What would your day look if you had to walk to access water? According to UNICEF, 207 million people spent over 30 minutes per round trip to collect water from an improved source.
I watched as children would rush each other impatiently to get their water quickly so they wouldn’t be late to school. Women would spend a disproportionate amount of time returning to the pump multiple times throughout the day to provide enough water for their families. The time spent collecting water could be better used to study and do homework, partake in income generating activities, or manage other chores. Without the pump water, residents would turn to other sources of water – like unprotected hand-dug wells or surface water sources also used by livestock.
As I became concerned about the strain on the two functioning pumps, I asked about the three broken pumps and discovered that no one in the community knew how to repair the pumps or where to obtain spare parts. No preventative maintenance was done on the pumps, and no money was collected to pay for maintenance or repairs. When a pump broke, people walked a little further to collect water from the remaining pumps that did work. I asked what would happen if all the pumps broke, and the elders responded that they would collect a mandatory tax from all households to fix it.
This situation was not sustainable and would eventually result in all the pumps breaking and residents turning to unsafe sources of water. I worked with the community to set-up pump maintenance training for a few community members and purchased a few pump repair tool kits. They would use this new training to serve as pump mechanics for other communities to earn income. I helped to ensure a supply chain of pump spare parts in the nearby city.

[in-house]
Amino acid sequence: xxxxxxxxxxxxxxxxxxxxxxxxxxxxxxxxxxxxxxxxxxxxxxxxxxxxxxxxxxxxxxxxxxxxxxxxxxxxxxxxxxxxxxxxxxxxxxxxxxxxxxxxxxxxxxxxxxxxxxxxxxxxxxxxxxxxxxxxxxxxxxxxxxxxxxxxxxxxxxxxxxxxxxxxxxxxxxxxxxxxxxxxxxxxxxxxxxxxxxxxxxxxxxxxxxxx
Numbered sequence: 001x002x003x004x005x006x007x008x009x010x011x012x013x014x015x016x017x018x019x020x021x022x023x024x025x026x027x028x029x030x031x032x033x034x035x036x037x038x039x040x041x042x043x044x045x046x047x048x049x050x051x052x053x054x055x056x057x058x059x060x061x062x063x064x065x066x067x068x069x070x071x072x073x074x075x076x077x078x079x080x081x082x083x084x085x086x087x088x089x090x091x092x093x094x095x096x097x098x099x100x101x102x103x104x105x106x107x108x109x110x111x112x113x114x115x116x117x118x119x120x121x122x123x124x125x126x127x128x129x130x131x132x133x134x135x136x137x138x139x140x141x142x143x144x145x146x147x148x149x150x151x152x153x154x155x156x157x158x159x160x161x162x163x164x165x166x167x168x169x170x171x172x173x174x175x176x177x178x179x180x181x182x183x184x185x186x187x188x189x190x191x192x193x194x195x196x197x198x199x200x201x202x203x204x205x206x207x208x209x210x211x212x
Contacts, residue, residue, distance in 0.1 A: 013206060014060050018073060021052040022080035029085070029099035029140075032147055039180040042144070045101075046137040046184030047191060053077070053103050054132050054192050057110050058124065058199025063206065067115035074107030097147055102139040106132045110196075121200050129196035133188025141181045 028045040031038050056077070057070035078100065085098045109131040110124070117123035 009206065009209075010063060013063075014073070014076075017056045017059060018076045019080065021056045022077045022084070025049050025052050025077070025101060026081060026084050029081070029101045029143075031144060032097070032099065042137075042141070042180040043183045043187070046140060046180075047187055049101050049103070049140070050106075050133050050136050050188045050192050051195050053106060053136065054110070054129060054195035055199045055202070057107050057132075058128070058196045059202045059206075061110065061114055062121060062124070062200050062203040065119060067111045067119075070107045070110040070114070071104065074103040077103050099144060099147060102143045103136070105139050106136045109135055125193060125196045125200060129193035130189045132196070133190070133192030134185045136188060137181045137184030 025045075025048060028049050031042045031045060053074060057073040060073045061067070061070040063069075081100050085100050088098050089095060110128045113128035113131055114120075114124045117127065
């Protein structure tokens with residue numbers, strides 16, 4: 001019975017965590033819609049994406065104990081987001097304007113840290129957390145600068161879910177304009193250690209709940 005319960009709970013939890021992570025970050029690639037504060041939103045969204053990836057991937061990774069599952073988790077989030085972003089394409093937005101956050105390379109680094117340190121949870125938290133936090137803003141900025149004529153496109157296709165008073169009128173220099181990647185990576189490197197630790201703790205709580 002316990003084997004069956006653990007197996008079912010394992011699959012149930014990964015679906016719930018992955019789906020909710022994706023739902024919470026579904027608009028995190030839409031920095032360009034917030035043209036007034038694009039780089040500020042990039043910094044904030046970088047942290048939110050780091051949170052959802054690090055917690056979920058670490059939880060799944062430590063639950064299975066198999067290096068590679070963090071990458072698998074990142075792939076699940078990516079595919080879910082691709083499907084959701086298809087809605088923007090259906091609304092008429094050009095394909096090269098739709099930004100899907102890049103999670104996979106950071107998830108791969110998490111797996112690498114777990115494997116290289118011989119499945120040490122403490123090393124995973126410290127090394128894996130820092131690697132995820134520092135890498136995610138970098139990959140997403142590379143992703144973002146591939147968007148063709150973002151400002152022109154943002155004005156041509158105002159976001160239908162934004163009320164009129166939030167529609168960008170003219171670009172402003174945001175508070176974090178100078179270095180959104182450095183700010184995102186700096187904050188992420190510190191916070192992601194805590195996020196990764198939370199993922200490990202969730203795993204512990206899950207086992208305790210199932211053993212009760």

Most importantly, I conducted community outreach to educate residents on the importance of a preventative maintenance and the management of a fund to be able to pay for preventative maintenance and repair work. Malians love to use proverbs to teach lessons, so in order to get the preventative maintenance message across to community members, I likened the water pump to a bicycle: if you do not clean and oil the chain regularly, eventually the bicycle will stop working. After the Peace Corps, I went on to work for an NGO in Sierra Leone and worked with the government to establish a district-wide pump maintenance program, applying my knowledge learned in Konza to a much larger region.
Brian Laverriere provides landscape and graphic design services for a variety of private and public entities. He has worked on projects that include ecological restoration, campus/landscape master plans and design guidelines for conservation land, LID stormwater practices for both roadway and parking facilities, streetscape improvements, community centers and residential gardens.
Imagine traversing the new gardens with the sweet fragrance of Clethra in the air, feeling native ferns as you pass by, chewing on a delicious treat from the Magnolia Café with Chickadees chirping in the trees, all while you’re watching bees buzz around the McGraw Family Garden of the Senses. Come experience complete relaxation and evoke your emotions at the new sensory garden!
Heritage Museums and Gardens in Sandwich, Massachusetts is a beautiful place. The grounds have so much to offer, yet there has always been a problem of universal access. If you’ve ever been to Heritage – after the Magnolia Café – on your right-hand side – there’s a challenging hillside. Dangerous even for the able-bodied. Some families had to regrettably turn back, being restricted to only a portion of the elaborate gardens. As designers for the McGraw Family Garden of the Senses, we set our goal of solving the problem of universal access.